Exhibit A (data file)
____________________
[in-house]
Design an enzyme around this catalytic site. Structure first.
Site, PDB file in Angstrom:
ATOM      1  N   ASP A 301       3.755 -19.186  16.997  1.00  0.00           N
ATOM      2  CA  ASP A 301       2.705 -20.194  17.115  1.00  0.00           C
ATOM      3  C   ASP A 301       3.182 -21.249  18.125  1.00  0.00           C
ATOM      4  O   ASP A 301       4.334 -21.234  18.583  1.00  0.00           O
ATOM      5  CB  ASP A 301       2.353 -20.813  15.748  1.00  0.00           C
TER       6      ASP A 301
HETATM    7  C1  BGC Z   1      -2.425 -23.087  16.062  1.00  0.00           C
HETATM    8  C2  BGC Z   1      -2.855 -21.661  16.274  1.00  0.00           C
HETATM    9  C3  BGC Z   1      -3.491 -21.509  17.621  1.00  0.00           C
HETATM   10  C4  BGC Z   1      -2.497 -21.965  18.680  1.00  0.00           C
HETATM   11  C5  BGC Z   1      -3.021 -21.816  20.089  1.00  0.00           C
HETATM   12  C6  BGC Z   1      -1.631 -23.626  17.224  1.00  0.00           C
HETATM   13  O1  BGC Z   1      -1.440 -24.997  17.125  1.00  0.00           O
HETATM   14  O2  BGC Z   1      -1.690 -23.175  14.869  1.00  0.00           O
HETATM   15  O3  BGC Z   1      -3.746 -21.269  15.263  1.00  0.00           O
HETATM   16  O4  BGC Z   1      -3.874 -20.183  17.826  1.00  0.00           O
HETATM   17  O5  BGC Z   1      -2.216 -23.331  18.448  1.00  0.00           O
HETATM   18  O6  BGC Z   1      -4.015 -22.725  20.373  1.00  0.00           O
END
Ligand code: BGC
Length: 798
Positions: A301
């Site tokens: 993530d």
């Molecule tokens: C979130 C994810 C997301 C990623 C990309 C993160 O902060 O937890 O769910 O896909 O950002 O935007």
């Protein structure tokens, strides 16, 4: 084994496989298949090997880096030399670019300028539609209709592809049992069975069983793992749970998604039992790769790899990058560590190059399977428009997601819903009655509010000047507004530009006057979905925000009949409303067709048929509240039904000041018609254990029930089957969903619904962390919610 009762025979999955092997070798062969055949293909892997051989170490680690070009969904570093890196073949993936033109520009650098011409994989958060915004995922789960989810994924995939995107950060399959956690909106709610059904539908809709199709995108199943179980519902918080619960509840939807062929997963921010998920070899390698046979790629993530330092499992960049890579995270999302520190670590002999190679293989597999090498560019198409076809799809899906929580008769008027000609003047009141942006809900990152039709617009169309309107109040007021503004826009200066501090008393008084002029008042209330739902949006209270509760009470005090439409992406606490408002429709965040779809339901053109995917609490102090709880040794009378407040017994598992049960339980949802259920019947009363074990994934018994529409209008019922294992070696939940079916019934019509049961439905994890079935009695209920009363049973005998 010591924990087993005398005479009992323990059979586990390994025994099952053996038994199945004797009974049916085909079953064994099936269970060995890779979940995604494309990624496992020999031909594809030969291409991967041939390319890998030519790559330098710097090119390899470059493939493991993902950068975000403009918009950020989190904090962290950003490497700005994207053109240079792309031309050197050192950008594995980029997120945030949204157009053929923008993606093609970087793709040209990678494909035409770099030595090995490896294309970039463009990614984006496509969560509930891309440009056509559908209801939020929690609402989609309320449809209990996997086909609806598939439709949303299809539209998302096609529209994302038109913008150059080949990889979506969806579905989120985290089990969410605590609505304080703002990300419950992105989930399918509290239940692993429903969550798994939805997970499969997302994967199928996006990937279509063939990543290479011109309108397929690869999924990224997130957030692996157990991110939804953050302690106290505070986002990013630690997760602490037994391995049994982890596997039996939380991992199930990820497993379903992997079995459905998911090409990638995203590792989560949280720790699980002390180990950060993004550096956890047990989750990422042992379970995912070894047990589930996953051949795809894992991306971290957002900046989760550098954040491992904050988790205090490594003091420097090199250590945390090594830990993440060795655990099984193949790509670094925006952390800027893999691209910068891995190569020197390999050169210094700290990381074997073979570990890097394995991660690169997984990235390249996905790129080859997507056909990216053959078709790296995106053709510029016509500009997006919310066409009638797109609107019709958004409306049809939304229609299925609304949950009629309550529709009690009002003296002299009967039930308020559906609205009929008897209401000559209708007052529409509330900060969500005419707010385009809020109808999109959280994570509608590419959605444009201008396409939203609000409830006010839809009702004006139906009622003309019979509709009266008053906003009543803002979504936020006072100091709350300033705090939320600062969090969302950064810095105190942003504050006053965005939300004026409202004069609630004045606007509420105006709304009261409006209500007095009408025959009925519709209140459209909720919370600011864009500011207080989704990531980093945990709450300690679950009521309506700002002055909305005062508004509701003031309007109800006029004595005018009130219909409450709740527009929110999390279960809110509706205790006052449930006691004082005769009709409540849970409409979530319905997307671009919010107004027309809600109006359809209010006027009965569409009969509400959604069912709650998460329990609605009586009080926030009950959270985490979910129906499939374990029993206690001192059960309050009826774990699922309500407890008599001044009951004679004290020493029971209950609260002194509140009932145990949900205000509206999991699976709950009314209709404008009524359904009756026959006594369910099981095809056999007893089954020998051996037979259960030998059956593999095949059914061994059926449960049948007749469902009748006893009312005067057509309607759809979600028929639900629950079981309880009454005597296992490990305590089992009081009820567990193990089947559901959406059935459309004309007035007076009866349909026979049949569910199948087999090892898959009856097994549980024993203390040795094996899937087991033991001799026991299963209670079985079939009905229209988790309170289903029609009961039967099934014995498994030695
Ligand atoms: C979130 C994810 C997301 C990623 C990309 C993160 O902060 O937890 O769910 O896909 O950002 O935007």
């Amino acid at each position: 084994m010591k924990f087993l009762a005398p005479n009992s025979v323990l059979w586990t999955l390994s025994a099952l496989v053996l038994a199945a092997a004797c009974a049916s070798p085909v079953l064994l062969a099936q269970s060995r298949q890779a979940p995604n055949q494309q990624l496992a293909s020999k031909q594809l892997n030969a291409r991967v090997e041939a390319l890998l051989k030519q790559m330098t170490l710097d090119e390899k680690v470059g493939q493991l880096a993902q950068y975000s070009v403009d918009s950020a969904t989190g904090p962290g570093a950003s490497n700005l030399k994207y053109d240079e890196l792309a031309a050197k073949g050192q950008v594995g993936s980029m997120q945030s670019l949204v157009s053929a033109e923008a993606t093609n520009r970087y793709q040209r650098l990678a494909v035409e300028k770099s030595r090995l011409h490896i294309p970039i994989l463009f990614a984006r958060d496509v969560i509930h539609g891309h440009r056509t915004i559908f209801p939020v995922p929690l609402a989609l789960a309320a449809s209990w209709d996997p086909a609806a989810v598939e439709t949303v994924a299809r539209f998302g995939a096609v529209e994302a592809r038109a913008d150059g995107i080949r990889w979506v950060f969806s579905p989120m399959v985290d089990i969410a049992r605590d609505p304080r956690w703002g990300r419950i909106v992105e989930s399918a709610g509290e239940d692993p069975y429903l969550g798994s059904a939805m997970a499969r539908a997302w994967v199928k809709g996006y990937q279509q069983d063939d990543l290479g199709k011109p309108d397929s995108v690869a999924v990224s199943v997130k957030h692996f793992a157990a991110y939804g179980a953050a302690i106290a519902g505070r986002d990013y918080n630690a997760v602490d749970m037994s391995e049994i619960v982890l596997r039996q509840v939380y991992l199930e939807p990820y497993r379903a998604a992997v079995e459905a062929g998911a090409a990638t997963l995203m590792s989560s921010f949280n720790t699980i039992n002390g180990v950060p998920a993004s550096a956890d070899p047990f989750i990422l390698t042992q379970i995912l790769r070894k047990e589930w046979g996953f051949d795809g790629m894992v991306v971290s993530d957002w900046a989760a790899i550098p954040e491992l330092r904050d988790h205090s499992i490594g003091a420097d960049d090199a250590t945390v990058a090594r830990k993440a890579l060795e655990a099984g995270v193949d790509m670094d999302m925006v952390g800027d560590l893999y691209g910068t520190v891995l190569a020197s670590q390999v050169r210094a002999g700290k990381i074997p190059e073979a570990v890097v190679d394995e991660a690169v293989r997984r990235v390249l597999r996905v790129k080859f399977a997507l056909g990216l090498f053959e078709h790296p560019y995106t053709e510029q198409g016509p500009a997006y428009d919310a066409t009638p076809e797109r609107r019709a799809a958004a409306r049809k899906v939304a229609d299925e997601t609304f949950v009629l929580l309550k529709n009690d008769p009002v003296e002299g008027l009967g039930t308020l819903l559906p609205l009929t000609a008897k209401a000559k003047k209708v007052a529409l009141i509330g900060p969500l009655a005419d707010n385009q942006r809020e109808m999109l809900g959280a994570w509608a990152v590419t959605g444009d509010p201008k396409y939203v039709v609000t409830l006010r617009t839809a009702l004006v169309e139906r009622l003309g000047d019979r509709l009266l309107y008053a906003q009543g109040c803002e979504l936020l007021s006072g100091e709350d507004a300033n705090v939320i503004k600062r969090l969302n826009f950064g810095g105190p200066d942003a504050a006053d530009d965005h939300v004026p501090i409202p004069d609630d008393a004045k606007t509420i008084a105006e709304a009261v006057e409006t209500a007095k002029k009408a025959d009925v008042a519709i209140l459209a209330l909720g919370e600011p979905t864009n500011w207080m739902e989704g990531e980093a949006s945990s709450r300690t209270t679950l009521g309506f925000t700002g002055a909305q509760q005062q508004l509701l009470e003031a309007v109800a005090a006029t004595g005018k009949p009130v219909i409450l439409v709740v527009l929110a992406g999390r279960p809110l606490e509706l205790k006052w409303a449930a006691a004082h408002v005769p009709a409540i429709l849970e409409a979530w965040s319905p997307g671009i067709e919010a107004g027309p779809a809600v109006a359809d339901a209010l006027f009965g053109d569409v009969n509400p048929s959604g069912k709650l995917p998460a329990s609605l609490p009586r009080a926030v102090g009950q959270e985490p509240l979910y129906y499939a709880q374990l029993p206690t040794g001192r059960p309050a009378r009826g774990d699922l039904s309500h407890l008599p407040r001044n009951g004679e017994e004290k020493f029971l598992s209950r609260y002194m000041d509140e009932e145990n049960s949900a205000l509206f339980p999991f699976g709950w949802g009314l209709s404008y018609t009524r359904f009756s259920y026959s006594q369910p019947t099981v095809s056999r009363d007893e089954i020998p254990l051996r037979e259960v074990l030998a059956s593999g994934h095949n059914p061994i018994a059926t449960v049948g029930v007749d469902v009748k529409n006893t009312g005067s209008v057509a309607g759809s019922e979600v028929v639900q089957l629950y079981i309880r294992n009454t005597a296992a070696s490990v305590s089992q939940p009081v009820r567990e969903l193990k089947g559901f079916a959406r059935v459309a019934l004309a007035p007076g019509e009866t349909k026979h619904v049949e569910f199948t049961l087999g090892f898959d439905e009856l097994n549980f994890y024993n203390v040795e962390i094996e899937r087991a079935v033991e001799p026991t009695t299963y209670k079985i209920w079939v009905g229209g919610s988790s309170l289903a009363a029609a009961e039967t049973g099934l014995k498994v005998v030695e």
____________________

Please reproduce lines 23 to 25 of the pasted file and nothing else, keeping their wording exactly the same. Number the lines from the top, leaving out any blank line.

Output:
Ligand code: BGC
Length: 798
Positions: A301